indicated that the interaction between EBT and cationic CPC micelles is stronger than of EBT and C16TAC micelles. Both of C16TAC and CPC

surfactants have same hydrophobic hydrocarbon tail but this can be interpreted differently in the hydrophilic cationic charge head groups, so it would be clear that charged head group of surfactants have a great effect on dye-surfactant interactions and dye micellar solubilisation. Although the hydrophobic tail has a major role in dye micellar solubilisation, the initial electrostatic interactions are essential in these interactions.

3.6 Determination of Standard Free Energy Change

The thermodynamic parameter ∆G ͦ, which is an indicator of the tendency of binding of EBT to CPC and C16TAC micelles, was calculated using

the following equation:

∆G ͦ = -RT lnKb.

Where, R is the universal gas constant and T is the room temperature.

The values of ∆G ͦ of C16TAC and CPC are found

to be = (−23.7 , −24.94 KJ mol-1) respectively. It can be deduced that EBT interacts with CPC more easily and strongly than with C16TAC at the

same conditions.

4. CONCLUSION

In this work, the micelle formation of trimethyl ammonium chloride Cn (n= 12, 14, 16 and 18) in

aqueous solutions has been investigated. The CMCs values obtained by conductometric and surface tension methods are in good agreement with literature data. The values have shown that when the alkyl chain of the surfactants increases, the decrease in CMC is more pronounced.

The results show that the interaction between EBT and cationic CPC micelles is stronger than C16TAC micelles. From binding constant values

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Edbey et al.; CSIJ, 24(4): 1-12, 2018; Article no.CSIJ.44312

C16TAC. The significant difference in the Kb

values may attribute to the specific effect of aromatic cationic head group of the CPC versus quaternary ammonium cationic head group of C16TAC micelles in surfactant interaction with

EBT anionic dye.

COMPETING INTERESTS

Authors have declared that no competing interests exist.

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Figure

Fig. 2. Conductivity vs concentration of aqueous solution of Cvity vs concentration of aqueous solution of C12
Fig. 2. Conductivity vs concentration of aqueous solution of Cvity vs concentration of aqueous solution of C12 p.3
Fig. 1. Conductivity vs concentration of aqueous solution of CPC1. Conductivity vs concentration of aqueous solution of CPC
Fig. 1. Conductivity vs concentration of aqueous solution of CPC1. Conductivity vs concentration of aqueous solution of CPC p.3
Fig. 3. Conductivity vs concentration of aqueous solution of C3. Conductivity vs concentration of aqueous solution of C14
Fig. 3. Conductivity vs concentration of aqueous solution of C3. Conductivity vs concentration of aqueous solution of C14 p.4
Fig. 4. Conductivity vs concentration of aqueous solution of C. Conductivity vs concentration of aqueous solution of C16
Fig. 4. Conductivity vs concentration of aqueous solution of C. Conductivity vs concentration of aqueous solution of C16 p.4
Fig. 5. Conductivity vs concentration of aqueous solutConductivity vs concentration of aqueous solution of C18TACTAC
Fig. 5. Conductivity vs concentration of aqueous solutConductivity vs concentration of aqueous solution of C18TACTAC p.4
Fig. 7. Surface tension vs concentration of aqueous solution of CFig. 7. Surface tension vs concentration of aqueous solution of C14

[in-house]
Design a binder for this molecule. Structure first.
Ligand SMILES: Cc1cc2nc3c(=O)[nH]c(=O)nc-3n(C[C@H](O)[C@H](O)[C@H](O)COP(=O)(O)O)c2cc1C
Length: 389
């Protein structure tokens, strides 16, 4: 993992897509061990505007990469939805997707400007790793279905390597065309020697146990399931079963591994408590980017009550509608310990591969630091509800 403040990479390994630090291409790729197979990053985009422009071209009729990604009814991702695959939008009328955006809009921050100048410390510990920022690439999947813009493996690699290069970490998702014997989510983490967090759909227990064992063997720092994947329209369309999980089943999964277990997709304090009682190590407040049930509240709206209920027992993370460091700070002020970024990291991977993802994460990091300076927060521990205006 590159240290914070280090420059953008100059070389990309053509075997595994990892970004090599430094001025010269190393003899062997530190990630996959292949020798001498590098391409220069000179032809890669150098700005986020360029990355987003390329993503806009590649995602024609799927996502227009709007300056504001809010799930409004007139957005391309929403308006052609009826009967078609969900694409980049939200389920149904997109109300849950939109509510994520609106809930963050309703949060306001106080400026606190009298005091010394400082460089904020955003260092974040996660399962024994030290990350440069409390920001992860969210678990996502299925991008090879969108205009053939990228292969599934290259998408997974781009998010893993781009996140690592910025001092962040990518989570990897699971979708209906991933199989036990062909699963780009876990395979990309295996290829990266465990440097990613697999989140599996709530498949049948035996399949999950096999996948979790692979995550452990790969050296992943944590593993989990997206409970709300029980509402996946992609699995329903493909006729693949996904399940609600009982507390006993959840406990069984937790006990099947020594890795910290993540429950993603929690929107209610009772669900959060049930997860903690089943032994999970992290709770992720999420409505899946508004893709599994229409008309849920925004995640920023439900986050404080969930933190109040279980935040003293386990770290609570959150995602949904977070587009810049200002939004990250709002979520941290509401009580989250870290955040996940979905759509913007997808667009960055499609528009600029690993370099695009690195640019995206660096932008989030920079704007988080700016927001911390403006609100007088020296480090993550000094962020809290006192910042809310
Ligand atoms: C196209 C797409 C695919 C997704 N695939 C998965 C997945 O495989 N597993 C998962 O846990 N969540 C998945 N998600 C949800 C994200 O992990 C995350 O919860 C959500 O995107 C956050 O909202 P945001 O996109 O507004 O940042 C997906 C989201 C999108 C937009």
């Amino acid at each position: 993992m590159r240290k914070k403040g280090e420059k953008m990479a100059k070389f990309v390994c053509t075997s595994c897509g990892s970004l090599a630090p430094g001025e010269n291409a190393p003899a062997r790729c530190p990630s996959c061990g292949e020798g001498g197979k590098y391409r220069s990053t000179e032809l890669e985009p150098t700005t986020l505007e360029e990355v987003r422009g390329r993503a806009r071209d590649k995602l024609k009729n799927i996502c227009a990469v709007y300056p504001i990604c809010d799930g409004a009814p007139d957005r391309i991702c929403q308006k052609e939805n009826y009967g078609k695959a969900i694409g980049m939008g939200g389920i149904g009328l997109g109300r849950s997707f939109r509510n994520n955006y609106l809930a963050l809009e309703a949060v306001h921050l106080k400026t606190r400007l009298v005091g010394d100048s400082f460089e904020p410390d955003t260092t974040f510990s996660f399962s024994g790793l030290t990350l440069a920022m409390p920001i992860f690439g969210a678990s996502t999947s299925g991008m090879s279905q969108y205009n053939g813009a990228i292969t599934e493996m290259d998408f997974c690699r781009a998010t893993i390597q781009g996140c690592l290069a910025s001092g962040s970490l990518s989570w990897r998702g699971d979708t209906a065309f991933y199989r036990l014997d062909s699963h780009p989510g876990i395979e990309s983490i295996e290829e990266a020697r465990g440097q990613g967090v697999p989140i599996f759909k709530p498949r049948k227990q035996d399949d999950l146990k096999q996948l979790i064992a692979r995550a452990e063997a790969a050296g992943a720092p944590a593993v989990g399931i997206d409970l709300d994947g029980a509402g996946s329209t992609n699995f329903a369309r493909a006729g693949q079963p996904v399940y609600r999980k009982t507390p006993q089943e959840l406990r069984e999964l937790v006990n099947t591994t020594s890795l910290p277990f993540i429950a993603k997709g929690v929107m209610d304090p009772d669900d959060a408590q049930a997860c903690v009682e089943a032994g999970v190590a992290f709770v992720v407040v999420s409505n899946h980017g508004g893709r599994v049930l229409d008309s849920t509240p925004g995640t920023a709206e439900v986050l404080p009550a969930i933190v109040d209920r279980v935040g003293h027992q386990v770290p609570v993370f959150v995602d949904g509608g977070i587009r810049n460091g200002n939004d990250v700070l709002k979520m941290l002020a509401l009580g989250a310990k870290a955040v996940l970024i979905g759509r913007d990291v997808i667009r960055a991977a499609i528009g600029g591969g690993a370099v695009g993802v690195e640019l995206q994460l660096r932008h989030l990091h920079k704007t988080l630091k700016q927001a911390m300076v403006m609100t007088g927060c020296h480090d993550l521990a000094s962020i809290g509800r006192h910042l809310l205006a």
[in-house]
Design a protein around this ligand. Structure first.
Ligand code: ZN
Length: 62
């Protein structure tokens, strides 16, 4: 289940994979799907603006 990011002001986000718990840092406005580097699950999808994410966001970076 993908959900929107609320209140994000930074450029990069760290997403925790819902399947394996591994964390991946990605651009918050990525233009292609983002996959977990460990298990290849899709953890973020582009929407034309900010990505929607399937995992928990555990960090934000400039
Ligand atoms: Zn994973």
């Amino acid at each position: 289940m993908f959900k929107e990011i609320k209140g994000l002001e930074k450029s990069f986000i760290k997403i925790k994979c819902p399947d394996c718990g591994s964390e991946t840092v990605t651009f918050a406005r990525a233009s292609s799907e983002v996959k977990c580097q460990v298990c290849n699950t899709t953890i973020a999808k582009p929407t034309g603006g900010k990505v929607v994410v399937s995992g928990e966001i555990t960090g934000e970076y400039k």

Fig. 7. Surface tension vs concentration of aqueous solution of CFig. 7. Surface tension vs concentration of aqueous solution of C14 p.5
Fig. 6. Surface tension vs concentration of aqueous solution of CFig. 6. Surface tension vs concentration of aqueous solution of C12
Fig. 6. Surface tension vs concentration of aqueous solution of CFig. 6. Surface tension vs concentration of aqueous solution of C12 p.5
Table 2. The CMCs values of CnTAC surfactants obtained by surface tension measurements in The CMCs values of CnTAC surfactants obtained by surface tension measurements in The CMCs values of CnTAC surfactants obtained by surface tension measurements in

Table 2.

The CMCs values of CnTAC surfactants obtained by surface tension measurements in The CMCs values of CnTAC surfactants obtained by surface tension measurements in The CMCs values of CnTAC surfactants obtained by surface tension measurements in p.5
Fig. 8. Surface tension vs conc8. Surface tension vs concentration of aqueous solution of C16TAC TAC
Fig. 8. Surface tension vs conc8. Surface tension vs concentration of aqueous solution of C16TAC TAC p.6
Fig. 9. Visible absorption spectra of EBT (1x10 -5 M) in the presence of various CPC concentrations
Fig. 9. Visible absorption spectra of EBT (1x10 -5 M) in the presence of various CPC concentrations p.7
Fig. 10. The absorbance change of  3x10 -5 mol L-1 ( below and above the CMC) with the concentration of CPC
Fig. 10. The absorbance change of 3x10 -5 mol L-1 ( below and above the CMC) with the concentration of CPC p.7
Fig. 12. The absorbance change of 3x10 -5 mol L-1 (below and above the CMC) with the
Fig. 12. The absorbance change of 3x10 -5 mol L-1 (below and above the CMC) with the p.8
Fig. 11. Visible absorption spectra of EBT (1x10 -5 M) in the presence of various C16TAC concentrations
Fig. 11. Visible absorption spectra of EBT (1x10 -5 M) in the presence of various C16TAC concentrations p.8
Fig. 13. The plot of DT/ ∆A against 1/Cm for C16TAC
Fig. 13. The plot of DT/ ∆A against 1/Cm for C16TAC p.9
Table 4. Calculations for Kb of (C16TAC) from Fig. 13

Table 4.

Calculations for Kb of (C16TAC) from Fig. 13 p.9
Fig. 14. The plot D T/∆A   against 1/Cm for CPC
Fig. 14. The plot D T/∆A against 1/Cm for CPC p.10
Table 5. Calculations for K b of CPC from Fig. 14

Table 5.

Calculations for K b of CPC from Fig. 14 p.10

References